- Stalker with a Crush: Frank Hallet is a particularly vile example of this. He harasses Rynn whenever the opportunity arrives, watches her every movement and uses his mother's death (which he's not particularly aggrieved about) to force Rynn to become his Sex Slave. Suffice to say very few tears were shed for him at the end.
- Star-Crossed Lovers: Rynn and Mario's relationship was really doomed from the word go, given that her lifestyle doesn't leave much room for any kind of normal relationship. Though by the end of the movie the state of their relationship is pretty much up in the air; Mario's still in hospital with pneumonia, though it's clear he'll recover, and it's unknown whether Officer Miglioriti knows about him and Rynn. But Mario was raving in his fever about how much he loved Rynn, and Rynn tells an unconscious Mario of her devotion. Lampshaded by Mario when Rynn wonders if his parents knowing about them would be so terrible.Mario: They're gonna want to know everything about you! I'm not as good at lying as you are.
- Suicide by Sea: It's suggested that Rynn's father killed himself this way, so his body wouldn't be found.
- Sword Cane: Mario wields one of these and threatens Frank with it when he shows up at Rynn's house.
- Thousand-Yard Stare: Rynn, during the closing credits after watching Frank poison himself.
- Troubling Unchildlike Behavior: Rynn, yet again. She commits murders both before and during the movie. In addition, adults dislike her preternatural self-assurance, which threatens their authority. She also has sex with Mario at the tender age of thirteen, though it's clear in both the book and the movie Rynn's making a considered decision, because this is what she wants, rather than empty-headed lust or trying to manipulate Mario.
- Villain Protagonist: Rynn. She is an interesting case, because her killing is more of a survival tactic than true villainy. At the same time, her actions are a little too extreme to classify her as a simple Anti-Hero. Plus, it's not primarily her physical survival that shes preserving, but her (and her fathers) values of independence and autonomy.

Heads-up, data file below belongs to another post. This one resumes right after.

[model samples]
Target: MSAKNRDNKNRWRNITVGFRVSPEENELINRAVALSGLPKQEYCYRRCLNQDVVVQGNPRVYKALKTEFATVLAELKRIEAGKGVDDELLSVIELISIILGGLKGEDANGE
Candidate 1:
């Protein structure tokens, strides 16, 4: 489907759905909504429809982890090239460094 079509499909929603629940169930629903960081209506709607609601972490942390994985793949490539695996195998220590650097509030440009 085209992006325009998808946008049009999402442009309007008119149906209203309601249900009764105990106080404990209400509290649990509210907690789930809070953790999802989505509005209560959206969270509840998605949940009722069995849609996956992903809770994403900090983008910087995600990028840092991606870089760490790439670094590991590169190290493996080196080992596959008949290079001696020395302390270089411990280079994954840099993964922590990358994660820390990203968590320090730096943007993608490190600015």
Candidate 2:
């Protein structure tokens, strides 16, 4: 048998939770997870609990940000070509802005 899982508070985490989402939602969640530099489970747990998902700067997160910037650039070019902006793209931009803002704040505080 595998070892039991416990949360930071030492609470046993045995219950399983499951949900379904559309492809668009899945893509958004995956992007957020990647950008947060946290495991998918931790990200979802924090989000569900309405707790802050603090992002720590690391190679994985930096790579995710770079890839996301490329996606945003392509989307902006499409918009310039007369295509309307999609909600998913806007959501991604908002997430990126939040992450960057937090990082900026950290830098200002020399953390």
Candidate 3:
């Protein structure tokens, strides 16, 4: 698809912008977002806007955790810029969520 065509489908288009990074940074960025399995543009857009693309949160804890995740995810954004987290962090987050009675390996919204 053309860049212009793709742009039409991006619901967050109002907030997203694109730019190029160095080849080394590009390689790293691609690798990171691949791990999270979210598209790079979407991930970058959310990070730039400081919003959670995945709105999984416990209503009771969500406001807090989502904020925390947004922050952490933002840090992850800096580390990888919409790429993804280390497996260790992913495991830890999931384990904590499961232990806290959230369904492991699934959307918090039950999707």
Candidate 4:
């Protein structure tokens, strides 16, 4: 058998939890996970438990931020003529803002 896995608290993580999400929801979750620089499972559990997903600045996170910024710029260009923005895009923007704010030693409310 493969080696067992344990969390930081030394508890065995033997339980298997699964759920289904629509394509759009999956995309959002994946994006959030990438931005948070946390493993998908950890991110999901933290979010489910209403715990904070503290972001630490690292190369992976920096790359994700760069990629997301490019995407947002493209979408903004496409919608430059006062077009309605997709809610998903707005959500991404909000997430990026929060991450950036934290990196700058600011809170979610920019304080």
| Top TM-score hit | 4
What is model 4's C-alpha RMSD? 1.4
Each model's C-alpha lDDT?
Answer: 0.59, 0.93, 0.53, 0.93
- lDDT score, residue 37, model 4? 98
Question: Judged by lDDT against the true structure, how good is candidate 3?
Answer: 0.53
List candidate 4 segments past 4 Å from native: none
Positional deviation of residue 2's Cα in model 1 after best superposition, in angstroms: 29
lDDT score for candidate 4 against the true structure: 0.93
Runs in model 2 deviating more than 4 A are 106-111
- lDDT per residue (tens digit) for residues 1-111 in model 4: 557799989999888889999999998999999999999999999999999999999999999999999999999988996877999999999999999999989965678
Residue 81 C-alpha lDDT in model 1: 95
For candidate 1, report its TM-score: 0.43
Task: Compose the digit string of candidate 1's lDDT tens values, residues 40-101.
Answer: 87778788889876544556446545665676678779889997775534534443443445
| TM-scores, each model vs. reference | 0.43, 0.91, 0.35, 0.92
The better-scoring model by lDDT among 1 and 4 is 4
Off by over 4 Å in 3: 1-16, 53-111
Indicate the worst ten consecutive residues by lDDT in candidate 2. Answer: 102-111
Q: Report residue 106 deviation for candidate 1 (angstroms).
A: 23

- Initially Rynn keeps the secret of her father's death to prevent both herself and her inheritance from falling into her mother's clutches (since the law would have automatically awarded both to Rynn's mother regardless of other circumstances). Up until that point, Rynn had committed no real crime other than failure to report her father's death. After her mother was no longer an issue, Rynn still had the problem of losing her independence and possibly all her money if she confessed what happened. She could either conceal her parents' deaths for three more years and enter adulthood with enough resources to put the past behind her, or she could admit what happened, spend the next three years suffering in foster homes (or longer, if she's sent to jail), and still end up with nothing. It could be argued that Rynn was fighting not only to preserve her values but her entire future.
- White Anglo-Saxon Protestant: The Hallets, with Cora Hallet in particular being an overbearingly bossy, snobby, antisemitic Rich Bitch example. This also feeds into why Frank has been able to get away with being a child molester; he and his mother are accustomed to the town, including its police, deferring to their money and social position.